Taking threats—seriously

Posted on Tuesday, February 25th, 2014 and is filed under Opinion. You can follow any responses to this entry through the RSS 2.0 feed. Both comments and pings are currently closed.

ZAMBOANGA CITY/25 February 2014 by Pristine Janielle F. Padua–The greatest problem facing Zamboanga is how to relocate, rebuild homes, and provide for the basic needs of all the affected families.

But prior to doing so, there should be a systematic identification and assessment of the intended beneficiaries of government aid. This is important to preclude the misuse or abuse of all resources, be it financial, material or technical. As history has always proven, “vultures always hover over a battle zone,” just waiting for the opportune time to scavenge.

Another set of ‘monsters’ that would rear their ugly head are criminality, mendicancy, outbreak of diseases, and the distortion of the social order that once existed. Relocation always leads to deprivation of access to resources vital to the affected individuals’ source of income. Seaweed growing, fish and shellfish farming, and traditional mangrove by-products processing cannot simply be repositioned to other non-viable areas. Most of the evacuees come from these areas. Thus, simply put, it will be an uphill climb for the government to alter the affected communities’ means of livelihood, new methodologies and technologies notwithstanding.

Sun Tzu, the famous Chinese general, military tactician, and philosopher once said that all warfare is based on deception; military spies are vital to the security and welfare of the state. In August, before the September 9 siege, Misuari came to Zamboanga on a supposed “peace caravan” to consult with his local leaders regarding the peace accord signed in 1996 with the government. He talked of peace yet warned of the prospects of war, reiterating that he was declaring independence at all costs.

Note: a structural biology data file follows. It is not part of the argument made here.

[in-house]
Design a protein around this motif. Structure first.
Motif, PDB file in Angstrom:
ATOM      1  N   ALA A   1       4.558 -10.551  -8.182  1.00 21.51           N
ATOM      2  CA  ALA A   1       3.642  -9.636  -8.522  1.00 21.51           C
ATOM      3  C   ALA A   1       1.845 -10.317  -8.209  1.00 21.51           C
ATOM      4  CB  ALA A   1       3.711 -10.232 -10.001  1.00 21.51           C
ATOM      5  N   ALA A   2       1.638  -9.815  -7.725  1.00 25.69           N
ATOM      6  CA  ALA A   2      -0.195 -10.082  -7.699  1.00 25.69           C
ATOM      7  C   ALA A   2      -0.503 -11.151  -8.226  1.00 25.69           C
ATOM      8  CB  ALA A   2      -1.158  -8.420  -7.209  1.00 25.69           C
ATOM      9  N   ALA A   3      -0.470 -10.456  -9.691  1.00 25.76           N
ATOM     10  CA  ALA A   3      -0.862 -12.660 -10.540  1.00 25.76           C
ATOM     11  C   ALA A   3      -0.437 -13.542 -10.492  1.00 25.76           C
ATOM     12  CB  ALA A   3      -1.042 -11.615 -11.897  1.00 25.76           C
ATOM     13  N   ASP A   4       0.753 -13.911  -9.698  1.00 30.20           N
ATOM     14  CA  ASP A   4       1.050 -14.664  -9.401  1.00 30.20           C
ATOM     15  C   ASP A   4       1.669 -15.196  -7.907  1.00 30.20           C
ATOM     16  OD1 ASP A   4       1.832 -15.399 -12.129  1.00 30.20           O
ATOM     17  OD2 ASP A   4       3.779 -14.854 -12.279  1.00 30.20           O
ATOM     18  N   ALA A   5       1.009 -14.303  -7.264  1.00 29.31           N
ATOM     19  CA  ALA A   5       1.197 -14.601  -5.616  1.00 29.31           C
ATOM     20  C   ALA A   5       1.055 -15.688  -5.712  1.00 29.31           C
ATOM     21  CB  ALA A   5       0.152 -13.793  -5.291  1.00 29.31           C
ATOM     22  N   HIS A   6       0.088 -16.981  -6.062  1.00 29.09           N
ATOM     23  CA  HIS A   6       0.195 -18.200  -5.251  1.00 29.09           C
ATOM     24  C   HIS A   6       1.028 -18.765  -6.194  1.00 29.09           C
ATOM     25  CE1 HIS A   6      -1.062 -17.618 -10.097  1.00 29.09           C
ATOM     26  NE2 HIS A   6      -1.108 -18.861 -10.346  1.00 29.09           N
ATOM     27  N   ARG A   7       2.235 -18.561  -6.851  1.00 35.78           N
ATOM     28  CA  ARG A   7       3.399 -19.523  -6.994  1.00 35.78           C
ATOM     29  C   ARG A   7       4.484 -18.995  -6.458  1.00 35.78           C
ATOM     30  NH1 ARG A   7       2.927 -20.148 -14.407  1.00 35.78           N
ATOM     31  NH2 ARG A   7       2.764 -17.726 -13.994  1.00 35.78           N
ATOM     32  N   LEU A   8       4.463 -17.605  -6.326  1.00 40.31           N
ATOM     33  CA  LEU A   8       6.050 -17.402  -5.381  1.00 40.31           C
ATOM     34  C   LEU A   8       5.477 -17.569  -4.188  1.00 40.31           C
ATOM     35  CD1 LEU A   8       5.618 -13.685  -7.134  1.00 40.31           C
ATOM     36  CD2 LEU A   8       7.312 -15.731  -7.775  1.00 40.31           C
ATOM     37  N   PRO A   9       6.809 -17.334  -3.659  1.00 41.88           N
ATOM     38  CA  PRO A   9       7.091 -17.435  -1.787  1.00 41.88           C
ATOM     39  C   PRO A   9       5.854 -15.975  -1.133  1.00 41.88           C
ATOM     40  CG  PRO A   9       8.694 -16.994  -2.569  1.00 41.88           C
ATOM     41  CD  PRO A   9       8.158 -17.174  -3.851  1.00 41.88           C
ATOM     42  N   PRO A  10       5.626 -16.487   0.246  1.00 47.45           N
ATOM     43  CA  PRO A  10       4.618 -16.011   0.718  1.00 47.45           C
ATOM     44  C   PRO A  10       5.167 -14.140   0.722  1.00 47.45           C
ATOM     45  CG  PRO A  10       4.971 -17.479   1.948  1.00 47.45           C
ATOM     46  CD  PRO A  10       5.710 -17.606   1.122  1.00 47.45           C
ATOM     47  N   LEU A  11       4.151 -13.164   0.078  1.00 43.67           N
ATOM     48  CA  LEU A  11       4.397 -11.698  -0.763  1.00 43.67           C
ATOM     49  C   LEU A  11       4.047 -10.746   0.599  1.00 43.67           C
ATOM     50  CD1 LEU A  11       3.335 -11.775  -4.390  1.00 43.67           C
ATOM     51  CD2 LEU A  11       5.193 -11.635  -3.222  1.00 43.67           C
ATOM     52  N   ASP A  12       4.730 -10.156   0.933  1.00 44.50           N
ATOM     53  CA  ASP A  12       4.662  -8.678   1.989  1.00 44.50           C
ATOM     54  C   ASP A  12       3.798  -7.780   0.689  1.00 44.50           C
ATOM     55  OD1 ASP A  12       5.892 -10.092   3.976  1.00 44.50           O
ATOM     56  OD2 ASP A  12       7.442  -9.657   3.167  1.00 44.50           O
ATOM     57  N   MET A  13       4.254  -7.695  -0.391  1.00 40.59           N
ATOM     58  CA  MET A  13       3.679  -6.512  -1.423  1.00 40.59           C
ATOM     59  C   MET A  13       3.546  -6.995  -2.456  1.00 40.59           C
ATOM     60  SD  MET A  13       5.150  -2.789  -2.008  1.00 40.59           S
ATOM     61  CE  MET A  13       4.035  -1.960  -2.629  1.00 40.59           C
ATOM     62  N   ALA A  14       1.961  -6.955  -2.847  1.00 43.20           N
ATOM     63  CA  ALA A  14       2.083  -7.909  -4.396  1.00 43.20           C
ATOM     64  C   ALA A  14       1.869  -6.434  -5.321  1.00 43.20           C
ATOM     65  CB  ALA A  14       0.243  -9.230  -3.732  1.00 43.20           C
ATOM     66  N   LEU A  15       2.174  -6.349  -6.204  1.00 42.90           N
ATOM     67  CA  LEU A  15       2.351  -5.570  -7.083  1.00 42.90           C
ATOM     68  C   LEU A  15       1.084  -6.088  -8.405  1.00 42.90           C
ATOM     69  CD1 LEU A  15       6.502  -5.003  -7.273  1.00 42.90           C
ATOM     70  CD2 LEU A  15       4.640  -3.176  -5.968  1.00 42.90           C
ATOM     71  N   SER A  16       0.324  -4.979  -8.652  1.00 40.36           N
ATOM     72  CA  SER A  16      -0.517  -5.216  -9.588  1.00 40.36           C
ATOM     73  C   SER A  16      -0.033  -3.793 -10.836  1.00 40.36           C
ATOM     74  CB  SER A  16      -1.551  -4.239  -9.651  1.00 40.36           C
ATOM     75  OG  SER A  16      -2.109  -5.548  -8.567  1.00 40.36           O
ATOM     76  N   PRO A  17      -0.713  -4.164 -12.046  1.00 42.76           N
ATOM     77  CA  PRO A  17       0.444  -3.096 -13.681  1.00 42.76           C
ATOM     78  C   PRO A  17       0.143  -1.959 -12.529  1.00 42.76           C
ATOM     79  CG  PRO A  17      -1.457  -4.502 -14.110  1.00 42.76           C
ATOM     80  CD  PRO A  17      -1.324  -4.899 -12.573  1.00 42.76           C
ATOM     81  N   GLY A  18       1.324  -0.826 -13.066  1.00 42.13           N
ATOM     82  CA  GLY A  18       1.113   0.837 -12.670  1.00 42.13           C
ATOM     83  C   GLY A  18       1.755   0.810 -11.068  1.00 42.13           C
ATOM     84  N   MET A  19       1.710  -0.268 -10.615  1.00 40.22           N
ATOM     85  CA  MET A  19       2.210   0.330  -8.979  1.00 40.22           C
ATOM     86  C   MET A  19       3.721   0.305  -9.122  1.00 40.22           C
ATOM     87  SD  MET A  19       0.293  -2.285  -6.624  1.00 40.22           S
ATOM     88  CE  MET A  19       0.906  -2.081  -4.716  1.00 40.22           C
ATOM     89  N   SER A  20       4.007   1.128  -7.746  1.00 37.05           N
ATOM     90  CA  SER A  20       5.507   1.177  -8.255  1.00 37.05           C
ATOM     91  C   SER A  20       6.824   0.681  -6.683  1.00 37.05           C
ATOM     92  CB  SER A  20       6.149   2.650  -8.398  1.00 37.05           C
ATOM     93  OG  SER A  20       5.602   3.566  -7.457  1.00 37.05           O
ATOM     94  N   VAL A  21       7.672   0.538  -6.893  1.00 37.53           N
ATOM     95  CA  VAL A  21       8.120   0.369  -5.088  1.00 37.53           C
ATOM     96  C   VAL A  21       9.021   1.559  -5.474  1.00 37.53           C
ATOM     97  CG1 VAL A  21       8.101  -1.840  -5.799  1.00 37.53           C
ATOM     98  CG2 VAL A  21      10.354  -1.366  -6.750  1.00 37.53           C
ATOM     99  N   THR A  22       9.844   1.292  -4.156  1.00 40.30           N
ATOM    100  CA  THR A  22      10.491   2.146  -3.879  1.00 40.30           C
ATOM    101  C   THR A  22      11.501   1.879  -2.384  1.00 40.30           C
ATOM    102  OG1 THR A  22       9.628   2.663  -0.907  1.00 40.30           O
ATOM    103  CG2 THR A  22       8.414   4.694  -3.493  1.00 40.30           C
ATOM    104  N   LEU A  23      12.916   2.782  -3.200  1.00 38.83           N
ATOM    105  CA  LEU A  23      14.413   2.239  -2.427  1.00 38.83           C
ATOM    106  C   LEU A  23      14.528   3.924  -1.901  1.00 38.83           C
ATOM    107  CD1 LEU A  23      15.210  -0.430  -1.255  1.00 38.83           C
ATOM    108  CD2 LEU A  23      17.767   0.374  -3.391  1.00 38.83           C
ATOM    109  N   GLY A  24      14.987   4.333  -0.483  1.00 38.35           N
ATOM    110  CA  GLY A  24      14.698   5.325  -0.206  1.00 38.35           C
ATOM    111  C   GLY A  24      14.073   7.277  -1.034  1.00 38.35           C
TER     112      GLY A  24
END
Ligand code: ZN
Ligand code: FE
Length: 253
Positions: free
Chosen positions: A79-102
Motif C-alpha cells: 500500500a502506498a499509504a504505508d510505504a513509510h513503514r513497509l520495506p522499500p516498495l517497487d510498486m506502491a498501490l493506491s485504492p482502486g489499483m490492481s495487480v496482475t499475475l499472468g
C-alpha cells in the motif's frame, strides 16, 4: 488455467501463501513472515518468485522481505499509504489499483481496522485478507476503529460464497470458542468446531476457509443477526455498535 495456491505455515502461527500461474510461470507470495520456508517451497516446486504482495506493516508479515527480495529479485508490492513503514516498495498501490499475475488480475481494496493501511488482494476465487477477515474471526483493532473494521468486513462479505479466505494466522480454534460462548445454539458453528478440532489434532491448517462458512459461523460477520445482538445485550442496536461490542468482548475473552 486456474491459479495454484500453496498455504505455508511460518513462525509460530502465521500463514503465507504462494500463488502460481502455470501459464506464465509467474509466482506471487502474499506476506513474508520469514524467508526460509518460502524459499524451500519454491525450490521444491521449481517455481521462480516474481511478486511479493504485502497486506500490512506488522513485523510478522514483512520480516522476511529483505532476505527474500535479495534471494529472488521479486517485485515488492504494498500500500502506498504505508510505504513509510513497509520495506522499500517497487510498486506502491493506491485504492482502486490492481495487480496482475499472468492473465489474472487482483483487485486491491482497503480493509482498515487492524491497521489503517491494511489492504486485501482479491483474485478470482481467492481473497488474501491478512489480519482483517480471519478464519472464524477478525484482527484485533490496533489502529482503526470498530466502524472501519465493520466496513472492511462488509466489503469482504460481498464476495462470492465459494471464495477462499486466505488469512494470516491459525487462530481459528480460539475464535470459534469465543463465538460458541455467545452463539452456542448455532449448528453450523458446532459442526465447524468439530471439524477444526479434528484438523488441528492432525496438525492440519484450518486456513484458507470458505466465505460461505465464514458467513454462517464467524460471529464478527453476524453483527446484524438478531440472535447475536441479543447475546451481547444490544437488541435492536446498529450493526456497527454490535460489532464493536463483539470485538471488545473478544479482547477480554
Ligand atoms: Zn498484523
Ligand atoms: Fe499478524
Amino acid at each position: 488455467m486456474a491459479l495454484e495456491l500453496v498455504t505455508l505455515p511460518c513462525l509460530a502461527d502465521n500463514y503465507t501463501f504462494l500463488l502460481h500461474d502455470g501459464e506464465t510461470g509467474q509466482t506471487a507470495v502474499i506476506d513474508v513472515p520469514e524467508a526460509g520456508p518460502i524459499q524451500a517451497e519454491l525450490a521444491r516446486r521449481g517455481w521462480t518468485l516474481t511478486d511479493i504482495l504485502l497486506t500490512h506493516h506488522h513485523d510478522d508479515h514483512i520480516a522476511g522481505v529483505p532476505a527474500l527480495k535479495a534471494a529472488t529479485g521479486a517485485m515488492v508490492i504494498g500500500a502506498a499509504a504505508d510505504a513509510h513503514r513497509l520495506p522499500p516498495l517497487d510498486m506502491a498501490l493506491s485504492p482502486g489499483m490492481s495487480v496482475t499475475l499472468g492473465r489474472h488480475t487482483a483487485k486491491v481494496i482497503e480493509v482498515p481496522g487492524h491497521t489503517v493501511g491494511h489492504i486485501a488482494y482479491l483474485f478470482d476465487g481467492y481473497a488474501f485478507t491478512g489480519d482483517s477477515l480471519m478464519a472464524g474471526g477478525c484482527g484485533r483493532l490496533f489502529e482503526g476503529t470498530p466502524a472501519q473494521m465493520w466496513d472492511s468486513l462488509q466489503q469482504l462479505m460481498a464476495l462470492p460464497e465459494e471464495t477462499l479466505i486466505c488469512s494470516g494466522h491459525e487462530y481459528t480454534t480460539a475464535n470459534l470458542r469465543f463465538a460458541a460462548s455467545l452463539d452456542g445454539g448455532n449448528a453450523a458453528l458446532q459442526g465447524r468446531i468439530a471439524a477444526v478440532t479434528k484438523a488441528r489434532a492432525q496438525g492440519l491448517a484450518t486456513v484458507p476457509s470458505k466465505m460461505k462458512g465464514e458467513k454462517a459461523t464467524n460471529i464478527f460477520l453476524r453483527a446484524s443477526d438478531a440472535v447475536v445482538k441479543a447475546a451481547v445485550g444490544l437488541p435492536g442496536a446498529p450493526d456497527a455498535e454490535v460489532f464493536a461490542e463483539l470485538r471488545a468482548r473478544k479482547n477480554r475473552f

Everyone thought that he was talking through his hat, that he was incapable of walking his talk, and that he was bluffing. Even the OIC ARMM Governor Mujiv Hataman was quoted in the August 27 issue of Daily Zamboanga Times as saying that Misuari’s demands were not the solution to the Mindanao problem and that the government was prepared to meet his threats. Well after the September 9 incident, we can say that government intelligence, with its vast resources and funds, utterly failed to predict, even prevent or preempt the MNLF’s moves.

There was a failure of the intelligence network to predict Misuari’s moves owing to the fact that he was effective in creating a feint, a pretense meant to mislead an opponent in his decision-making, as to perceive an act as true, but in reality is false. Misuari was talking about war and everyone including the intelligence commonly took him for granted, misjudging his words as that of a maas or old man who was talking through his hat and no longer capable of walking his talk. He effectively created the ruse or notion that what was obvious in clear broad daylight was not true and his words were pure hoax.

Thus, government should reevaluate its intelligence and information gathering methods and institute new measures to forego an incident recurring in the future, something like the September 9 incident. So all threats whether imagined, perceived, real or unreal, should be taken seriously.

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